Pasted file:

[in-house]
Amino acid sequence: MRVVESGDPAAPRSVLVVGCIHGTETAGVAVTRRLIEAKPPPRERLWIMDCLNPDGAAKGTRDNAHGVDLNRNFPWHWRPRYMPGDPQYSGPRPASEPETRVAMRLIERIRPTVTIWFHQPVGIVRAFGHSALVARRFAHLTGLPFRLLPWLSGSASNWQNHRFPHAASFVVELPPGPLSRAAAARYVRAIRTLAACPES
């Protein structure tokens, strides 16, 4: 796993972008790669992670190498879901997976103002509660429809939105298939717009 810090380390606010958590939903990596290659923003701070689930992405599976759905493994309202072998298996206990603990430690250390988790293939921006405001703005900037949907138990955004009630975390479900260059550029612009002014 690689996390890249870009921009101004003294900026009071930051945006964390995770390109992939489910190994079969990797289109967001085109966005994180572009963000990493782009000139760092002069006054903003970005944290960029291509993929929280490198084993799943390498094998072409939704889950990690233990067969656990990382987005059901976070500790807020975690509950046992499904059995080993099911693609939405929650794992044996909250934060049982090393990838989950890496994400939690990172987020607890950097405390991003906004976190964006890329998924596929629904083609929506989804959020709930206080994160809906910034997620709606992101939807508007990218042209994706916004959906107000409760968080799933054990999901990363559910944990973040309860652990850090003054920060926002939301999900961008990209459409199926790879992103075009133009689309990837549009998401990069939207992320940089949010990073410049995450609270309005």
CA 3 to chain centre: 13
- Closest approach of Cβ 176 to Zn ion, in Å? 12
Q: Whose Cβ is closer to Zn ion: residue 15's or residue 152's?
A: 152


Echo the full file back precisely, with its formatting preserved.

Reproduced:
[in-house]
Amino acid sequence: MRVVESGDPAAPRSVLVVGCIHGTETAGVAVTRRLIEAKPPPRERLWIMDCLNPDGAAKGTRDNAHGVDLNRNFPWHWRPRYMPGDPQYSGPRPASEPETRVAMRLIERIRPTVTIWFHQPVGIVRAFGHSALVARRFAHLTGLPFRLLPWLSGSASNWQNHRFPHAASFVVELPPGPLSRAAAARYVRAIRTLAACPES
């Protein structure tokens, strides 16, 4: 796993972008790669992670190498879901997976103002509660429809939105298939717009 810090380390606010958590939903990596290659923003701070689930992405599976759905493994309202072998298996206990603990430690250390988790293939921006405001703005900037949907138990955004009630975390479900260059550029612009002014 690689996390890249870009921009101004003294900026009071930051945006964390995770390109992939489910190994079969990797289109967001085109966005994180572009963000990493782009000139760092002069006054903003970005944290960029291509993929929280490198084993799943390498094998072409939704889950990690233990067969656990990382987005059901976070500790807020975690509950046992499904059995080993099911693609939405929650794992044996909250934060049982090393990838989950890496994400939690990172987020607890950097405390991003906004976190964006890329998924596929629904083609929506989804959020709930206080994160809906910034997620709606992101939807508007990218042209994706916004959906107000409760968080799933054990999901990363559910944990973040309860652990850090003054920060926002939301999900961008990209459409199926790879992103075009133009689309990837549009998401990069939207992320940089949010990073410049995450609270309005």
CA 3 to chain centre: 13
- Closest approach of Cβ 176 to Zn ion, in Å? 12
Q: Whose Cβ is closer to Zn ion: residue 15's or residue 152's?
A: 152